But it's not crystal clear, in fact. Remus may have been added to the founding myth explain the second suckling child under the bronze Capitoline Wolf, originally intended, however, as emblems of the dual nature of Rome's founding: Etruscans and Sabines. This opens an area of Original Research that Wikipedia avoids. --Wetman 21:15, 7 March 2007 (UTC)[reply]
Fine -- then that should be made crystal clear: Whatever the state of knowledge is about whether Romulus and/or Remus were actual historical characters in addition to being characters of myth -- that state of knowledge should be made clear in the article.Daqu 06:03, 6 April 2007 (UTC)[reply]
Someone has made a sensible start by adding T.P. Wiseman, Remus: A Roman Myth. (New York: Cambridge University Press,) 1995, to the references. But the questions that Wisemen sets out to answer (the questions are clear; his answers are debated) can scarcely be entered into this article, because of all the detailed and naive "biography", which is what is keeping people from recasting this article. --Wetman 09:11, 30 April 2007 (UTC)[reply]

Vandalism Detected[edit]

I`ve found a rather obvious and offensive vandalism of this article not too far down, right after the part where it states Romulus slew Remus. I`d fix it myself, but my knowledge of the legend is a bit lacking, so I do not know if the names used are mythologically accurate. But, I do know that coarse language does not belong in this format except in the case of an informative or comparative use, so someone please rectify this defacement. —The preceding unsigned comment was added by Crossfire 7 (talkcontribs) 18:48, 16 April 2007 (UTC).[reply]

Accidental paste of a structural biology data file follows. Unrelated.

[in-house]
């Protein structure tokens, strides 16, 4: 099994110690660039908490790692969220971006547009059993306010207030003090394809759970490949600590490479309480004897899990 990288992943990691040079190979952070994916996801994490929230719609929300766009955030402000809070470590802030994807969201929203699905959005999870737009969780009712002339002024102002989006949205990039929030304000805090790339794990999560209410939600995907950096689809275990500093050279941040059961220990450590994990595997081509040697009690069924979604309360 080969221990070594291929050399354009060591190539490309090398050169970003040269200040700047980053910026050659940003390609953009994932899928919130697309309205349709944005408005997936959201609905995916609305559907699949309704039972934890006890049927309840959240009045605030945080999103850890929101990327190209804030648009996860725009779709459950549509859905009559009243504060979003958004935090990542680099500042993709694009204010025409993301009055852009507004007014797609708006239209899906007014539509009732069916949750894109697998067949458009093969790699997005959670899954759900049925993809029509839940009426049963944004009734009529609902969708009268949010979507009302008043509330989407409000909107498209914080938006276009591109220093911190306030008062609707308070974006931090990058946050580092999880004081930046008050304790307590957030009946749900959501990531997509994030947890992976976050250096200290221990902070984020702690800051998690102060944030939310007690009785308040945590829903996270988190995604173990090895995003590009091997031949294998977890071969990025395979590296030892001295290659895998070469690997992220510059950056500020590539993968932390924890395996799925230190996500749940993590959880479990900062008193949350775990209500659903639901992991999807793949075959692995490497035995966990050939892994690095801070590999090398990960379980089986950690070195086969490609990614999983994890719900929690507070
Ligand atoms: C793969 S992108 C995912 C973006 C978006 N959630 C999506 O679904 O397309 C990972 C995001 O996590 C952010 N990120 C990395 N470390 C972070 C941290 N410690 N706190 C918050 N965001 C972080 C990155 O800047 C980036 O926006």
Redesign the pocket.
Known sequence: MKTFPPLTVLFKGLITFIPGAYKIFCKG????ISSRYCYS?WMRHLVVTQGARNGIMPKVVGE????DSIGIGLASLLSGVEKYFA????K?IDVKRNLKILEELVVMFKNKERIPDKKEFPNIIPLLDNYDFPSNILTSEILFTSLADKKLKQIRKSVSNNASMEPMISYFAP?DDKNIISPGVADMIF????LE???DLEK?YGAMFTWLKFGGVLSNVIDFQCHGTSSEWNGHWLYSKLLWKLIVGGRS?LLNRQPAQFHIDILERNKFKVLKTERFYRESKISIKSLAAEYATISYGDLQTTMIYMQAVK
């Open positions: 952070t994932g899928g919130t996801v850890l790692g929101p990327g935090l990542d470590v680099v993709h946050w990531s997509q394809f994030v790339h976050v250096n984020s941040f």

Fixed; thank you for noting this. If you suspect a page has been vandalised, you can look at the page history to see changes made recently. You can then revert to a version of the page prior to any vandalism. EALacey 20:31, 16 April 2007 (UTC)[reply]


I removed a statement that Romulus and Remus descend from fugitives from Amsterdam. I guess that would need some more referencing.RFB —The preceding unsigned comment was added by RFB (talkcontribs) 04:47, 21 April 2007 (UTC).[reply]

Thanks. It said "descendants of fugitives from Troy" before it was vandalised in this edit, so I've restored the earlier text. EALacey 06:36, 21 April 2007 (UTC)[reply]

Death by exposure[edit]

The end of 3rd and beginning of 4th para. in the section Life before Rome doesn't follow:

...ordered the death of the twins by exposure.

The servant ordered to kill the twins could not, however, and placed the two in a cradle and laid the cradle on the banks of the Tiber river and went away. Block quote

If the order was to kill the twins by exposure, and the servant 'placed the two in a cradleon the banks of the Tiber and went away', then he could 'kill the twins', and he did, and exactly as ordered.

So "the servant ordered to kill the twins could not, however" is false, surely?

Robert Crowdy 12:48, 21 April 2007 (UTC)[reply]